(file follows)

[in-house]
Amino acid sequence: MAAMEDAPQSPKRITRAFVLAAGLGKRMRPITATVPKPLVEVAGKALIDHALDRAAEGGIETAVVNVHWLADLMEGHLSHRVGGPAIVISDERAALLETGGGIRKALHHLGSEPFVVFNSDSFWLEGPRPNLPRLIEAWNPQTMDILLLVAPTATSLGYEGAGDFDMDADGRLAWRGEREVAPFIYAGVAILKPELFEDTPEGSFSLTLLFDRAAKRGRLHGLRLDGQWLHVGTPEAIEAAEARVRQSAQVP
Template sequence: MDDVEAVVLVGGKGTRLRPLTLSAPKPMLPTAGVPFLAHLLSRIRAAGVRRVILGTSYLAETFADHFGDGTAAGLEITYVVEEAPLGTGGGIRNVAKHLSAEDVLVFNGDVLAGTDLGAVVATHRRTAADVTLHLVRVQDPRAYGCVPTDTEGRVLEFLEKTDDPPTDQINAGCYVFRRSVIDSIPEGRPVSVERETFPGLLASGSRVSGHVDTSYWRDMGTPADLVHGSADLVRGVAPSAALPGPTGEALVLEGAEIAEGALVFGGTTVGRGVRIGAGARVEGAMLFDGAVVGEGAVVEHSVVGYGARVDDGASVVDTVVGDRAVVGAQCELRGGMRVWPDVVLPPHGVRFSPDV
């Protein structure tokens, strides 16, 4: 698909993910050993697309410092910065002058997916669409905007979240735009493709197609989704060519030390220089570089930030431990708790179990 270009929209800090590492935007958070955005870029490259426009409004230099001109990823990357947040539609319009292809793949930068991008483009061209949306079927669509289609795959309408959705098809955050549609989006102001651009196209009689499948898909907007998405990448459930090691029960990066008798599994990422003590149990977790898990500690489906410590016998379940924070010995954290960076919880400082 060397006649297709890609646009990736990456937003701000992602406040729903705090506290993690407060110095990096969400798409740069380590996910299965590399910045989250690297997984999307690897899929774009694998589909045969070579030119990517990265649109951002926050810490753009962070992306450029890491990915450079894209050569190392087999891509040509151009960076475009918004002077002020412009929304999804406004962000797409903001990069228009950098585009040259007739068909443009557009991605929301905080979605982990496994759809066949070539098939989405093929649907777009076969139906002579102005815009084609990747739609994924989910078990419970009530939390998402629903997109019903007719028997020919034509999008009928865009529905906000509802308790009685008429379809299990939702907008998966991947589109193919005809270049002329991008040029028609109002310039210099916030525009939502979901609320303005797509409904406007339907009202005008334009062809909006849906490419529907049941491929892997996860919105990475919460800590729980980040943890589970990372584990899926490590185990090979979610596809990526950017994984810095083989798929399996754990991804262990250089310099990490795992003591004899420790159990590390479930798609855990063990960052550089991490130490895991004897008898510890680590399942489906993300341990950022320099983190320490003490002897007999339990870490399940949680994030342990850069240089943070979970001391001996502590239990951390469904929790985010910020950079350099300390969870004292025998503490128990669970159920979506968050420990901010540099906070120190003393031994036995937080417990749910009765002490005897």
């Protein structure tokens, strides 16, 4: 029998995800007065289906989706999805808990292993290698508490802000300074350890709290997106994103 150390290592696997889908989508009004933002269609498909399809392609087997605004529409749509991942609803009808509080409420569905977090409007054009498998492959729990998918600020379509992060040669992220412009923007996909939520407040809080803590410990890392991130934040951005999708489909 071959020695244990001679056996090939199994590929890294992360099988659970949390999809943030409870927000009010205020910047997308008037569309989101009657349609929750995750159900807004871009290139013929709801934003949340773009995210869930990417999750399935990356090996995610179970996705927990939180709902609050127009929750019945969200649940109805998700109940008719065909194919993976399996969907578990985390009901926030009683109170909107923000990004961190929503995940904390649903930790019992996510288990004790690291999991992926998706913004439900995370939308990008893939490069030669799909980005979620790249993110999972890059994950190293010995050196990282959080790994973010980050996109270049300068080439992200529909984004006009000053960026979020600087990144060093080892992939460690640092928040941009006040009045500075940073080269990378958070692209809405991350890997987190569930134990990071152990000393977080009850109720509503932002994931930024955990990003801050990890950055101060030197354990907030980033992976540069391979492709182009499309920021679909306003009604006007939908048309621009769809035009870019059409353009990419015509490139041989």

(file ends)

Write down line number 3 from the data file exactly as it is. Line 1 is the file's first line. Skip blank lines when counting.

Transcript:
Template sequence: MDDVEAVVLVGGKGTRLRPLTLSAPKPMLPTAGVPFLAHLLSRIRAAGVRRVILGTSYLAETFADHFGDGTAAGLEITYVVEEAPLGTGGGIRNVAKHLSAEDVLVFNGDVLAGTDLGAVVATHRRTAADVTLHLVRVQDPRAYGCVPTDTEGRVLEFLEKTDDPPTDQINAGCYVFRRSVIDSIPEGRPVSVERETFPGLLASGSRVSGHVDTSYWRDMGTPADLVHGSADLVRGVAPSAALPGPTGEALVLEGAEIAEGALVFGGTTVGRGVRIGAGARVEGAMLFDGAVVGEGAVVEHSVVGYGARVDDGASVVDTVVGDRAVVGAQCELRGGMRVWPDVVLPPHGVRFSPDV